Google and Feedburner versus Extended Validation Certificates – and "this page contains both secure and non-secure items" errors
Well, the EV problem experienced at Tim Callan’s blog has been fixed – by removing Google Analytics and Feedburner tracking code from the page. I should point out that Google’s code was removed LAST, therefore it is possible that Feedburner may be blameless – we won’t know for sure unless the site is tested with Feedburner tracking code reinstated.
This incident is a timely warning for web site owners to consider the security implications of all code that they add to their sites, especially their HTTPS sites. If a site owner has invested the time and expense required to qualify for an EV certificate, they will not want their customer’s experience to be complicated by error messages such as those we saw on Tim’s blog.
I note that Google Analytics code (when used on an HTTPS page) is not the only example of a Google service triggering the “This page contains both secure and nonsecure items. Do you want to display the nonsecure items?” error. I have also seen the error on Gmail’s log in page when the “Sign Up For Gmail” pane uses a graphic instead of a simple hyperlink. Google also faced (faces?) a similar problem with their Google Checkout service which also triggered (triggers?) the error message – can you imagine how scary it would be for somebody purchasing products from a web site if they saw that error?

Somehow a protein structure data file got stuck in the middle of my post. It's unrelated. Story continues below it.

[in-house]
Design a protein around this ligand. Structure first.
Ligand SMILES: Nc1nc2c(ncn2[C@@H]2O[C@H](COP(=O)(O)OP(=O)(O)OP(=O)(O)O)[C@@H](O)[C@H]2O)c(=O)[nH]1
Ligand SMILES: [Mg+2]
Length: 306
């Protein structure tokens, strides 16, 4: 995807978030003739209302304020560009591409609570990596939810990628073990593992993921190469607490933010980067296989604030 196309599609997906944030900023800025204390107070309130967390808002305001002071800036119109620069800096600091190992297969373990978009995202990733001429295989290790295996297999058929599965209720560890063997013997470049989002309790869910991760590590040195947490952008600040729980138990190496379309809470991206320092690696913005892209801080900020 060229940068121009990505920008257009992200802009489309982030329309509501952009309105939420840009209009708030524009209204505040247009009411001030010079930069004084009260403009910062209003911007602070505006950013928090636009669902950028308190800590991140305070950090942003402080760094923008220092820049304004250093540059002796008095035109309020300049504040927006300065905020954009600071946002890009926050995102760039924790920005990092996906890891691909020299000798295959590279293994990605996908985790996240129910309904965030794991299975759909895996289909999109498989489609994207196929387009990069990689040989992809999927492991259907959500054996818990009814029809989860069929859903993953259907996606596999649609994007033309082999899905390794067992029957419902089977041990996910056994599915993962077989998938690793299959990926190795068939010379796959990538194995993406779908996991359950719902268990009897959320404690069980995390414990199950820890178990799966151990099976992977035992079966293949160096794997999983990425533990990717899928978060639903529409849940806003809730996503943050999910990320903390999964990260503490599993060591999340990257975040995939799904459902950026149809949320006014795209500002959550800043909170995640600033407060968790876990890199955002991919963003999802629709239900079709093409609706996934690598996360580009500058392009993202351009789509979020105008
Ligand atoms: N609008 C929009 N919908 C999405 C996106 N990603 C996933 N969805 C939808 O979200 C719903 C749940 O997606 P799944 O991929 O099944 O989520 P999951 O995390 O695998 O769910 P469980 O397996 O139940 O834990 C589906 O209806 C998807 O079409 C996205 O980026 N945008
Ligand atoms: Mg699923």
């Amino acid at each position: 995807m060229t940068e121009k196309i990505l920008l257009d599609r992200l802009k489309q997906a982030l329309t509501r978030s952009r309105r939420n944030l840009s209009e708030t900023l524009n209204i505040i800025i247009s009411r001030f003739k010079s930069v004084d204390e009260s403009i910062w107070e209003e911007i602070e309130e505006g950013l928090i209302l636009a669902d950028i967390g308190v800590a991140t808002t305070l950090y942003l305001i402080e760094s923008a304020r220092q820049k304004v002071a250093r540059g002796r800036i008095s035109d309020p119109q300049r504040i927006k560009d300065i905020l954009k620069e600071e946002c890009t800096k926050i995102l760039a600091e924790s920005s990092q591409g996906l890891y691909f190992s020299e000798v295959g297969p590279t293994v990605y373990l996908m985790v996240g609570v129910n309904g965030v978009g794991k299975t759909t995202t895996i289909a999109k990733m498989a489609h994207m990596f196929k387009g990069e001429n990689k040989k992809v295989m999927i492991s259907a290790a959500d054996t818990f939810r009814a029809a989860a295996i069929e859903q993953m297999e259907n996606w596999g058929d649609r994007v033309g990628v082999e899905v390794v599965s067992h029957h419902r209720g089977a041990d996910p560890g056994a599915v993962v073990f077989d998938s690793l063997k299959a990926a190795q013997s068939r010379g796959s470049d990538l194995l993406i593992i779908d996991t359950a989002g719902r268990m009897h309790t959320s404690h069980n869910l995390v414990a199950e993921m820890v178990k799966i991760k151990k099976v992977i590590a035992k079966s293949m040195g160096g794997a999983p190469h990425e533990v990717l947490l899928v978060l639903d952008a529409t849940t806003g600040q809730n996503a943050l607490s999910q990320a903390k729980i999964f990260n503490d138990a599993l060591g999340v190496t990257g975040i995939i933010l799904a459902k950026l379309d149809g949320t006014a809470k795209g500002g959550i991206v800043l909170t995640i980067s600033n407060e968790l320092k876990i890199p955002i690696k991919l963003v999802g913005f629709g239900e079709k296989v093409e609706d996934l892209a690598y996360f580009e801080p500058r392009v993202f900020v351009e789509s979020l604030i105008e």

I also note that “someone at Google” had advised the complainant that the “available solutions” to get rid of the alert window are to use a different web browser or lower the browser security settings.
I’ll be honest – as far as I’m concerned it is not acceptable in this day and age, from a security standpoint, to tell customers of any web site that they can avoid an alert message by “lower[ing] their browser security settings”. Just imagine if the site in question was hacked (or any site that the user visits which uses the same Internet security zone). The negative implications for customers if they followed such advice is frightening.
Suggesting that people swap to a different web browser is taking the easy way out (as we know from Tim’s experience changing web browser doesn’t fix the green address bar problem anyway).